The Trick-or-Treat Love Sucks Giveaway Reaping

On Sage’s counter sits a cauldron once full of sweets to tempt little children to her door, but currently filled with names of people vying for a copy of Love Sucks, bookmark, and flashy, blinky necklace.

Just as in Hunger Games, some folks have many entries into the contest, and some just have one.  Who will be reaped from the cauldron?  Let us see now.

Pulling out a name and we have…

Sabryna Brooks

Next is:

Bryson McCrone

And our final winner is:

Susan Weiner

Congrats to the winners!  I will contact you to find out where to e-mail the book and to ship the bookmark and necklace.  (ETA: Don’t forget to tell me the format you need when you tell me where to send the books)

Hope everyone had a great Halloween!  Less than 4 hours to NaNoWriMo.

Lots of love,


Writing Rituals (#NaNoPrep)

Before I start, just a reminder that tomorrow is the last day to enter to win a copy of Love Sucks. Minimum entry is a simple comment, telling me your favorite Halloween read, but you can get extra entries by tweeting and posting on Facebook and the blog.

Back to NaNo.  Not everyone feels the need to have a ritual for writing, but a lot of people find it very helpful to get into the right mood or to motivate them.  It might be psychosomatic, but having something that keeps you in the right mindset can be very beneficial when it’s NaNo time.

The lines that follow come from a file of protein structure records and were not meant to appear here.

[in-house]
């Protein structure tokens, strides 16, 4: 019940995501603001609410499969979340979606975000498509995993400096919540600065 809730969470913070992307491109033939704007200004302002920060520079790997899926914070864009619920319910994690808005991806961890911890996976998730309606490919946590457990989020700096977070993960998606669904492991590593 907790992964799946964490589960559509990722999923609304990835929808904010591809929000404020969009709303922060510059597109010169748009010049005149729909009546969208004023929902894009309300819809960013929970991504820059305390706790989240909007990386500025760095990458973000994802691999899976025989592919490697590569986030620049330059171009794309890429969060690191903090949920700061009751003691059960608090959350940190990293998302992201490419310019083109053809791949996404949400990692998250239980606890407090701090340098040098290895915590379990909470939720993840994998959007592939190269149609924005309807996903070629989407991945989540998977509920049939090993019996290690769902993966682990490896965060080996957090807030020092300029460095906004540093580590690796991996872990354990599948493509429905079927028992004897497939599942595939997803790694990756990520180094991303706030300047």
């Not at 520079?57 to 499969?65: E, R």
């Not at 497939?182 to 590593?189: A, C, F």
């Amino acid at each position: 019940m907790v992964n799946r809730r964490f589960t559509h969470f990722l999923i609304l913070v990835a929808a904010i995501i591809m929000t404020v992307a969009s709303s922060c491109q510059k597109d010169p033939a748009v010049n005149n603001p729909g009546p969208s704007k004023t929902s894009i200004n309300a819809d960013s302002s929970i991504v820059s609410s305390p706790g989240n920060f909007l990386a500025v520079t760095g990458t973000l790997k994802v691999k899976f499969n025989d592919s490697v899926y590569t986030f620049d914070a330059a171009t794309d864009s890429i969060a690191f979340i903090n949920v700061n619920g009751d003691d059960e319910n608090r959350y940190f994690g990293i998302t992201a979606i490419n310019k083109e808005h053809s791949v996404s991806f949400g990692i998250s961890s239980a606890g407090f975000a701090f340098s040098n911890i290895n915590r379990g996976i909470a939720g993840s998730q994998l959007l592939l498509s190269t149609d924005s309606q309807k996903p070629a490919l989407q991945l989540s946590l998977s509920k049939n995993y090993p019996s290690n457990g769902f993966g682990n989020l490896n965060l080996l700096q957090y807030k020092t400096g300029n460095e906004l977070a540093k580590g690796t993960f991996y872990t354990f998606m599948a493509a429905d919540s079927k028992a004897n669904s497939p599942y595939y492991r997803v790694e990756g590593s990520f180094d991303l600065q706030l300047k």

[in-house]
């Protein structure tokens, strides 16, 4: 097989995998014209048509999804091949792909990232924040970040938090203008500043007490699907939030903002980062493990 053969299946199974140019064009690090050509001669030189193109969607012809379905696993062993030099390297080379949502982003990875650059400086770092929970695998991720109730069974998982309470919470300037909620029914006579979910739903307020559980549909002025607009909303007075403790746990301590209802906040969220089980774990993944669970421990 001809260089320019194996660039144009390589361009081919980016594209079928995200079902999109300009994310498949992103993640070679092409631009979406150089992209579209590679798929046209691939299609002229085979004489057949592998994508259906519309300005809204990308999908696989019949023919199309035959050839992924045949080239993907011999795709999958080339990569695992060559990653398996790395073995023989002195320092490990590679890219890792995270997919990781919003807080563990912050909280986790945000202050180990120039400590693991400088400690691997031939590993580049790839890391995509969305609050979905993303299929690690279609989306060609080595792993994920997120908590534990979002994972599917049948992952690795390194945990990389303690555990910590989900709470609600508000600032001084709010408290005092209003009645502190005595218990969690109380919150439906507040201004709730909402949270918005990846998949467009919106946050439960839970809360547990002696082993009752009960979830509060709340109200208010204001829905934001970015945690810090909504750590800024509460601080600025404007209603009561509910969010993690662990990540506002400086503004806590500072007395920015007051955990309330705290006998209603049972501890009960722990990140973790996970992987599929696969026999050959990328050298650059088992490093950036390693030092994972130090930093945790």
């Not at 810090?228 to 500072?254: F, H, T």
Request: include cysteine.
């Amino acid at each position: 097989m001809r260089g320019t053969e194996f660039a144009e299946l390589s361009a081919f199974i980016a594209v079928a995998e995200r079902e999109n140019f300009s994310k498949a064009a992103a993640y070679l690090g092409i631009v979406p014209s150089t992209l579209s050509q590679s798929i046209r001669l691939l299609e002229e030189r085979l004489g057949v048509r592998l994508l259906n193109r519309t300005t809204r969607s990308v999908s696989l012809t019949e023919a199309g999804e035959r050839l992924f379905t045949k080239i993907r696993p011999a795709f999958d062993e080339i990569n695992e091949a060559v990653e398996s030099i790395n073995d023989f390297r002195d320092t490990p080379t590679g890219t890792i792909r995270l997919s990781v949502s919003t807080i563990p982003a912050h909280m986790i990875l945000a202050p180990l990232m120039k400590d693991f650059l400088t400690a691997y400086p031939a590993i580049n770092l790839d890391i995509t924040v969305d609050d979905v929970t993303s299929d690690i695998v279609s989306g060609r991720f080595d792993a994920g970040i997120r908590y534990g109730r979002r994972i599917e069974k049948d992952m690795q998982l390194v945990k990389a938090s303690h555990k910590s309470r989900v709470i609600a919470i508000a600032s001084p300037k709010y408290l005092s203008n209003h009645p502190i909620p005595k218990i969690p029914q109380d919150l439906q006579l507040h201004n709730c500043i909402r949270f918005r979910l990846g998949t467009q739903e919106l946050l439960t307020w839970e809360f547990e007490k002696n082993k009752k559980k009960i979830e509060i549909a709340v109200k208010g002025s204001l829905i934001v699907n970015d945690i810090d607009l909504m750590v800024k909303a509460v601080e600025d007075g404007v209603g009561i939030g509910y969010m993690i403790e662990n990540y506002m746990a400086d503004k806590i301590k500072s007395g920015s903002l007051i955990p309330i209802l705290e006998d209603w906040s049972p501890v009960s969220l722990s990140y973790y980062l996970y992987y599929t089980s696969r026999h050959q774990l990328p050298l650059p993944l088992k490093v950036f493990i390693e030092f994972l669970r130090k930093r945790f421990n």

A ritual might be a place where you have to write.  This can be great if you’re there because it’s a total experience: atmosphere, sounds, lighting, activity around you, amenities if needed.  But it can also be bad if it means that you have difficulty writing away from that location, and depending on what your month looks like, that might make hitting 50K difficult.  If you’re used to writing at your favorite cafe, and then you can’t get there a lot in November, it may hurt your motivation.  But if you can get there, prepare for an awesome day of writing, right?